Well, I can say that my son isn't any of those things except for the "insecure" explanation. My dh and I planned to go out for Valentine's Day and stay out overnight. Our son - 11 yo - didn't want to spend the night at his great-grandmother's house next door. After a talk and being able to take his games and his pillow with him he was okay. How would you help a child that is insecure when away from home?

Posted by: Christina at February 14, 2005 08:10 AM

Doesn't Ezzo kind of contradict himself when he says that if you *want* a fussy baby, you should pick him up when he cries, rock him and stuff like that? When my baby cries and I pick him up, he actually *quits* being fussy and is a much happier, calm, relaxed, joyful child. Go figure. This guy is really out of touch with reality and, frankly, humanity.

Posted by: Jennifer at February 14, 2005 04:04 PM

But I actually like holding my children and my children like being held. Come to think of it I think God likes holding me and I like being held by him. Funny thing is He seems to hold me a lot. I think this differnece in spirituality is the root of the problem. My spirituality is based on practicing the presence of God continually. He seems to think the less I need God the better..How could two Christians have such different views of God and Grace?

Posted by: brad at February 14, 2005 05:54 PM

Our oldest son is *very* shy. He will not respond to most adults (at first). I shudder to think how Ezzo would have me deal with my "disrespectful, rude" son.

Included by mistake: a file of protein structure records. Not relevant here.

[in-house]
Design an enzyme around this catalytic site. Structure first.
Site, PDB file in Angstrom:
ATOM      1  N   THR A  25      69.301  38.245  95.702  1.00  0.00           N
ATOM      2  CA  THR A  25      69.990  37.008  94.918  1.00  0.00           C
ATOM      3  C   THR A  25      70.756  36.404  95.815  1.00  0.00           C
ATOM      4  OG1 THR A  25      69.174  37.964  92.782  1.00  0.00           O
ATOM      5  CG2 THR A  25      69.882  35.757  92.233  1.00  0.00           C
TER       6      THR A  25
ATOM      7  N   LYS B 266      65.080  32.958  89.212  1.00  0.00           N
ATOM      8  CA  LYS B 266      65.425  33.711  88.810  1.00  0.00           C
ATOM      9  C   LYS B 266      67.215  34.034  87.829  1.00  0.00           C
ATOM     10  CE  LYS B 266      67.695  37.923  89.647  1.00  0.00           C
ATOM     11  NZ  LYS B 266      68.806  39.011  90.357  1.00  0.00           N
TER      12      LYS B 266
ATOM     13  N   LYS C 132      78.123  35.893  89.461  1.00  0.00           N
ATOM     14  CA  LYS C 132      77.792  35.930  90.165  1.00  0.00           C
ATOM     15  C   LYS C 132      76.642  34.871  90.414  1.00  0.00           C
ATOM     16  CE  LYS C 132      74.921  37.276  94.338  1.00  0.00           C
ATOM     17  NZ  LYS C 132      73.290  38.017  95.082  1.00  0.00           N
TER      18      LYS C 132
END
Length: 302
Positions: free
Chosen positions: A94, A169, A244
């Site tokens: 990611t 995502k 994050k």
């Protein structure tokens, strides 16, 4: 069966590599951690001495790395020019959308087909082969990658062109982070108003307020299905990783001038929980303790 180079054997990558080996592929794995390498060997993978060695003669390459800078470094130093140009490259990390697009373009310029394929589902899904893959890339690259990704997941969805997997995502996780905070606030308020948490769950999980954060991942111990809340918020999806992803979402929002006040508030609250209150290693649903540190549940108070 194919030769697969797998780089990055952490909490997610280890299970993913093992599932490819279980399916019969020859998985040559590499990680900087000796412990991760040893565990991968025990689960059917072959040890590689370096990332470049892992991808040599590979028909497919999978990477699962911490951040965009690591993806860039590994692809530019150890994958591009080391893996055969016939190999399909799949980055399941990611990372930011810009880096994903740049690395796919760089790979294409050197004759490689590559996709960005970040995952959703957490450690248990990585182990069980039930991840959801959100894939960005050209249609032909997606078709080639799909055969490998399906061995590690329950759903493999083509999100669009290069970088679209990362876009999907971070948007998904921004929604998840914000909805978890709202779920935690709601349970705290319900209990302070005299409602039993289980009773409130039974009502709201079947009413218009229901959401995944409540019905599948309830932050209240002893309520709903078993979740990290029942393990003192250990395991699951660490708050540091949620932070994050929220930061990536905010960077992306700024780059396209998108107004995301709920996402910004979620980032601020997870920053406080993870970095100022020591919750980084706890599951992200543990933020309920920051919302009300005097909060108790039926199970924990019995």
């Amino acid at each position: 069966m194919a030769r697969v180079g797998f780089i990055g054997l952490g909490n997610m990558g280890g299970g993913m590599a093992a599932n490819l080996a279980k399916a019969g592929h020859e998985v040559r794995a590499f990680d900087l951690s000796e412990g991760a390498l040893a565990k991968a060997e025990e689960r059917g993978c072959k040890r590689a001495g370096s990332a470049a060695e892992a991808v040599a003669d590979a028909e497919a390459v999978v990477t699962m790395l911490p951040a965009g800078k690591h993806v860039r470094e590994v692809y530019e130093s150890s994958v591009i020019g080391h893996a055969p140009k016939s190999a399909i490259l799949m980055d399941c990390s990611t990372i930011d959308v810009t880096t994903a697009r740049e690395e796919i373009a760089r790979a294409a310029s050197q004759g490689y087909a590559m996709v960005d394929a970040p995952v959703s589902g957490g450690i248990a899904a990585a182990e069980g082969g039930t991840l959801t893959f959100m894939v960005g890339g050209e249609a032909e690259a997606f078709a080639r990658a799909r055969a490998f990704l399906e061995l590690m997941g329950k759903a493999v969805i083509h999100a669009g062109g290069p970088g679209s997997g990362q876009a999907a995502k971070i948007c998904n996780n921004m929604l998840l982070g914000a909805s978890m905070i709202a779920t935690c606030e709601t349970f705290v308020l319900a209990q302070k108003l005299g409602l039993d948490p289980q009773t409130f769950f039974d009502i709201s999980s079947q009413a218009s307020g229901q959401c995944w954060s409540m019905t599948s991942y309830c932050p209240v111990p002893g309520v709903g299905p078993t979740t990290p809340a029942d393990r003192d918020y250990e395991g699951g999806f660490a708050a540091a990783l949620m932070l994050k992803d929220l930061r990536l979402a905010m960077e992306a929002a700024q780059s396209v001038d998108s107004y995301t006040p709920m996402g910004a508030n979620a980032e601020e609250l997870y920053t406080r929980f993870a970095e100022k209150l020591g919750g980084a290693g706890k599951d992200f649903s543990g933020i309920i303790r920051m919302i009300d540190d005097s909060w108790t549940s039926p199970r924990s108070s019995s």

Posted by: Amie at February 14, 2005 06:32 PM

Great series, thanks!

Wanted to add my thoughts about the "disrespect" thing. So the child should be respectful and carry a conversation with *any* adult? even a stranger? even when the adult is trying to abuse/molest the child? This is very dangerous. There are all kinds of people out there and to tell my children that they need to obey any adult just out of "respect for age", no questions asked... that would be very unwise.

Posted by: Goldie at February 19, 2005 07:12 PM

So the child should be respectful and carry a conversation with *any* adult? even a stranger? even when the adult is trying to abuse/molest the child? This is very dangerous.

Good points, Goldie. Along these lines is Ezzo's very scary ideas about Sex Ed.

Posted by: TulipGirl at February 19, 2005 07:29 PM

Goldie, good point. You remind me of my childhood in that, my sisters and I were taught to respect adults (we stuck out like sore thumbs in NYC public schools) but we were also taught about how respectable adults were to behave. Were we to come across any adults who did not know how to behave we were free to call down the wrath of mom and dad on them.

Posted by: Samantha at February 20, 2005 11:51 PM

There are tons of things that disturb me about this "program", but I think a big concern is that he has the audacity to claim that his way is "God's Way". I mean, that's pretty bold. And scary.

May the Lord hold him accountable.

Posted by: angie at July 14, 2006 07:27 AM